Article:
What else is the RTPI doing on climate change?

You can follow our activities elsewhere on the RTPI website e.g. the main Climate Change page which has links to guidance, advice and examples of best practice; and the research page which links to projects, publications and events. We would always be glad of links to sources of advice that you have found useful, or case studies that demonstrate good practice, either your own, or from the work of others. To add an item, please email our Policy & Practice staff.

Further information and international web links

References and examples of good practice in responding to the challenge of climate change mitigation and adaptation are outlined below.

C40 Cities  A group of the world's largest cities committed to tackling climate change. The website contains news and updates on current C40 programmes, information about each of the cities involved, and links to useful documents.

Climate and Development Knowledge Network (CDKN)  An initiative designed to support developing countries in tackling the challenges posed by climate change, launched in March 2010 by the UK government.

Climate Investment Funds (CIFs) Launched at the G8 Summit in Hokkaido in 2008 and supported by DFID and DECC, this $6bn set of funds and programmes is aimed at driving global action to tackle the harmful effects of climate change in the world's developing countries. The money is helping to promote clean technology, tackle unsustainable deforestation, and help developing countries to become more resilient to the impacts of climate chang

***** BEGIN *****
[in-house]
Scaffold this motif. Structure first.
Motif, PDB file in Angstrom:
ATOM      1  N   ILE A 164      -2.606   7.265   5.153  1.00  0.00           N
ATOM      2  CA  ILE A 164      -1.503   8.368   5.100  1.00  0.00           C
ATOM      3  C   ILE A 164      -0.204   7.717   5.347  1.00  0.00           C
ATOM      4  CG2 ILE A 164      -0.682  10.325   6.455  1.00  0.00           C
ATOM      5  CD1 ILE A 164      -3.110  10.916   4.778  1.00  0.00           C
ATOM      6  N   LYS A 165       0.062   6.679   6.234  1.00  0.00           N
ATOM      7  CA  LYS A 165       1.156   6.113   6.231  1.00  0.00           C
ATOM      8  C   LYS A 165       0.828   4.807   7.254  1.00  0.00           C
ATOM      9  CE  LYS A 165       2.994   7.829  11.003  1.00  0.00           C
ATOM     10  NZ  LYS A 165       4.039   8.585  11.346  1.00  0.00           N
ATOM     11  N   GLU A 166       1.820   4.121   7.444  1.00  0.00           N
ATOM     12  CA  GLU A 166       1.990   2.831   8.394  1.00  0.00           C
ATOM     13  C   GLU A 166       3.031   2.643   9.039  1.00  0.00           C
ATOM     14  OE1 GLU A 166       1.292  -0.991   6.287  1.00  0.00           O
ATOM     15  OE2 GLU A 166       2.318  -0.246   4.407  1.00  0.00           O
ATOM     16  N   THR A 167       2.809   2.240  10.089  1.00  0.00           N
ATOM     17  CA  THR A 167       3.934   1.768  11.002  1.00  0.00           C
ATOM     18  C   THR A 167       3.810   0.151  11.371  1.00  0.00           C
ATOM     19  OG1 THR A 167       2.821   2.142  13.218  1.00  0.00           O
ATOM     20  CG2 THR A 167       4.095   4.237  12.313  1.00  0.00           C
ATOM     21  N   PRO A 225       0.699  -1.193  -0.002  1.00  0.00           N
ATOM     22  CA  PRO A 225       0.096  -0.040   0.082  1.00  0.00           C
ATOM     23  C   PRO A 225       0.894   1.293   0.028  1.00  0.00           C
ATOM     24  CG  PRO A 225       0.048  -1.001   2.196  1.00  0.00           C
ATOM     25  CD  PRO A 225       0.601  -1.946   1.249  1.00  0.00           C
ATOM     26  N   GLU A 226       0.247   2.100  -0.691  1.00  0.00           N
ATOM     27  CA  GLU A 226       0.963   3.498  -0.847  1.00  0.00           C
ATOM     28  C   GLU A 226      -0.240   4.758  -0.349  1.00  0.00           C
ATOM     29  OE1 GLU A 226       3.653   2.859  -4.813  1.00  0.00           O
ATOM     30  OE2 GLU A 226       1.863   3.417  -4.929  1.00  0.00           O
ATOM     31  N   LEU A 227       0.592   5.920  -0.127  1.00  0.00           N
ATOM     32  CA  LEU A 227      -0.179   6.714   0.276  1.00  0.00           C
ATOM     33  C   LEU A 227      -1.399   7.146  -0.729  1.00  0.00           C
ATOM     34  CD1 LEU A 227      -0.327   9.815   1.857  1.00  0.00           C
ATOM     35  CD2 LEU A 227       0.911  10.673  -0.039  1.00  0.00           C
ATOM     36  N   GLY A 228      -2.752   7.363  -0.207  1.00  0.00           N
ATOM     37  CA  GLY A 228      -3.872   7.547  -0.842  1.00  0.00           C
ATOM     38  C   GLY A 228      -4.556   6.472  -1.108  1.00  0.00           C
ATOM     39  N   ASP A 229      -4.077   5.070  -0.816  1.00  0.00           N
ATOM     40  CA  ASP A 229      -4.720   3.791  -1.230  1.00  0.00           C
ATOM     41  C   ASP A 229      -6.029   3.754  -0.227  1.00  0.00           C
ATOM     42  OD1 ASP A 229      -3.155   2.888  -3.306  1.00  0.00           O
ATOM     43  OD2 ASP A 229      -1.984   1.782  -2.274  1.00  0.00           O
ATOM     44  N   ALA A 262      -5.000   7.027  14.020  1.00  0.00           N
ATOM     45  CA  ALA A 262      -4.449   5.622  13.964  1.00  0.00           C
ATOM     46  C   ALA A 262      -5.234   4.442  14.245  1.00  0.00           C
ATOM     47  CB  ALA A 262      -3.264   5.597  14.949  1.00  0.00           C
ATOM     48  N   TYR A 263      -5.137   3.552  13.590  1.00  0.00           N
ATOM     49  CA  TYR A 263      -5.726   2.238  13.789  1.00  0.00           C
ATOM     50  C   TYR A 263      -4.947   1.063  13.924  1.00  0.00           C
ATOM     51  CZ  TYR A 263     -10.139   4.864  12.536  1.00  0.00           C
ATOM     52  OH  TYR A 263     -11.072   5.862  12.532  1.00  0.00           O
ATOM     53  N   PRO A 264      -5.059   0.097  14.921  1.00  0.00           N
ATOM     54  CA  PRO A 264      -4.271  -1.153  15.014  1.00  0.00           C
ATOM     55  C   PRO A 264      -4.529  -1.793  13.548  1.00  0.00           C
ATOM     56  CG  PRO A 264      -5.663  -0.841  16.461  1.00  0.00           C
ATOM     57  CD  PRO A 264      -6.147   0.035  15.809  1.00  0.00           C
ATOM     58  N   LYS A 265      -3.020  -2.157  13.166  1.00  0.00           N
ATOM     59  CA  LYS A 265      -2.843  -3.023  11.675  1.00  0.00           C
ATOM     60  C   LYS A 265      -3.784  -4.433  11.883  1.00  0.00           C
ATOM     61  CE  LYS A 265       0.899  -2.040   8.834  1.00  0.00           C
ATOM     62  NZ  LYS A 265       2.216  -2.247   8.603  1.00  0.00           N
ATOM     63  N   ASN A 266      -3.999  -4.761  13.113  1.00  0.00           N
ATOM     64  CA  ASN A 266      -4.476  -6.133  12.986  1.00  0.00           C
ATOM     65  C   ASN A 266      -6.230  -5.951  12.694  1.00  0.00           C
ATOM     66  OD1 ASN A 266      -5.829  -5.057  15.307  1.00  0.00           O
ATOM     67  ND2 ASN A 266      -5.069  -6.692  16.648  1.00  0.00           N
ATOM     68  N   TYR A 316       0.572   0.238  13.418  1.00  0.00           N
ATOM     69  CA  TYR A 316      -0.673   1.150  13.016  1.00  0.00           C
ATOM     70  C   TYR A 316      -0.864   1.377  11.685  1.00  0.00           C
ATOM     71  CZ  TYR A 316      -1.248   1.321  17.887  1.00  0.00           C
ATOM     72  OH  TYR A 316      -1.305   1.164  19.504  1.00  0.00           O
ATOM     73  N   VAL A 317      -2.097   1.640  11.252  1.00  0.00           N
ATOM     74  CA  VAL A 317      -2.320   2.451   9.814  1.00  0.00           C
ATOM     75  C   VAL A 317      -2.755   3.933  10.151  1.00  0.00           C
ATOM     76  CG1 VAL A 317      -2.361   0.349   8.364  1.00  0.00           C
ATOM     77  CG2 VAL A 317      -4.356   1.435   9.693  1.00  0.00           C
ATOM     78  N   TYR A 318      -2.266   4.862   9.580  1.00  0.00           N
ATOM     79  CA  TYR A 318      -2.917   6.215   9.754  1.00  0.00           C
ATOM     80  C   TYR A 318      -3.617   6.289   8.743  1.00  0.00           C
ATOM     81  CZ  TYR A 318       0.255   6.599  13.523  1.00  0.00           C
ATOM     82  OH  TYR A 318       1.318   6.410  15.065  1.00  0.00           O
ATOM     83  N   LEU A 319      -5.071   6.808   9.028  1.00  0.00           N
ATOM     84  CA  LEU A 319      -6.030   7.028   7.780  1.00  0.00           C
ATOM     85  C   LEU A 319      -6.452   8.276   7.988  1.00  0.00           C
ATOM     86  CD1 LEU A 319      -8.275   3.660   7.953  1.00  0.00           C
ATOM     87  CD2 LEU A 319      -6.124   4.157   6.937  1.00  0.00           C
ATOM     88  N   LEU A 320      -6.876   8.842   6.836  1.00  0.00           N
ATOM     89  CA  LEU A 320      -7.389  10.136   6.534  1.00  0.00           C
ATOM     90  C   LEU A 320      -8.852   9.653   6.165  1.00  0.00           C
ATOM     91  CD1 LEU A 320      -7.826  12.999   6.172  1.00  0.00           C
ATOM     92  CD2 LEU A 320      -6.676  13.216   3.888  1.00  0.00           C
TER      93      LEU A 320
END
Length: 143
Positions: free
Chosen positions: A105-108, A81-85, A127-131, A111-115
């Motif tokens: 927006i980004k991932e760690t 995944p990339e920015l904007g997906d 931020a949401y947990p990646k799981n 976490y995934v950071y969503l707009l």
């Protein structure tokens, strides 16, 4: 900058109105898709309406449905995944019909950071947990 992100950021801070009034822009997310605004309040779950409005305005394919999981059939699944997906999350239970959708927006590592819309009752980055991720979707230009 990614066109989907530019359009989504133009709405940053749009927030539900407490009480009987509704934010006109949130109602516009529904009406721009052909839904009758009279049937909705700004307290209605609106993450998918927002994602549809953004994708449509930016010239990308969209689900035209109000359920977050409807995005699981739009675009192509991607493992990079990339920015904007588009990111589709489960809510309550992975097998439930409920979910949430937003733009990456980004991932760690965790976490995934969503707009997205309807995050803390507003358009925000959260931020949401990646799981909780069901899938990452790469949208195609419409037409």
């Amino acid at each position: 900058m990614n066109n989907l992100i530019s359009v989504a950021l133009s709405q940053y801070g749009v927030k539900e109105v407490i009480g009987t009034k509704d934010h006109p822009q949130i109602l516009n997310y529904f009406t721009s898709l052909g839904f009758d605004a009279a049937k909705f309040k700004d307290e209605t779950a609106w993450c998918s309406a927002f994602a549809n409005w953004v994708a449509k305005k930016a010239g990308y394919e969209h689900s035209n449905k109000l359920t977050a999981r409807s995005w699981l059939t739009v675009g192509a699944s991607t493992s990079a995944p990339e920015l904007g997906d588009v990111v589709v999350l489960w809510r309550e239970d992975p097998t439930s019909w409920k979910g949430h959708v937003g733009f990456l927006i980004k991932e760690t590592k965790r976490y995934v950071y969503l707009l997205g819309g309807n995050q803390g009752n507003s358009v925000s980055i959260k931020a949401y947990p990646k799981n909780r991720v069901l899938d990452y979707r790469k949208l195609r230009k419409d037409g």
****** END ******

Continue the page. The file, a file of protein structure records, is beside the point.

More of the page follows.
Competitive Cities and Climate Change  A 2009 report from the OECD that illustrates how local involvement through "climate-conscious" urban planning and management can help achieve national climate goals and minimise trade-offs between environmental and economic priorities; includes best practices principally from OECD member countries and certain non-member countries.

International Panel on Climate Change  Includes access to the latest IPCC assessment report.

'Cities we Have vs Cities we Need' Press release from 52nd ISOCARP Congress, Durban, September 2016; includes an emphasis on integrated, smart cities in times of uncertainty, fragility and insecurity

The future climate for development  Forum for the Future, funded by DFID, undertook a year-long project looking at the possible responses to climate change in low-income countries out to 2030; the report explores not only the direct environmental impacts of climate change, but also the social, political, psychological and economic shifts that it may cause.

Resilient Cities Progress and challenges in urban climate adaptation planning: results of a global survey.

How can urban development contribute to disaster risk reduction? This paper examines the risks of natural hazards and disasters that challenge the development efforts of the urban or city development process.

Climate change and the urban poor: risk and resilience in 15 of the world's most vulnerable cities  This report outlines lessons learnt regarding the principal effects of climate change on 15 cities in low-income countries, and what makes them vulnerable to these effects.

World Urban Campaign - The City We Need  This reports sets out the principles that need adopted to achieve sustainable urban development. This includes the evaluating how we plan, build, and manage our cities.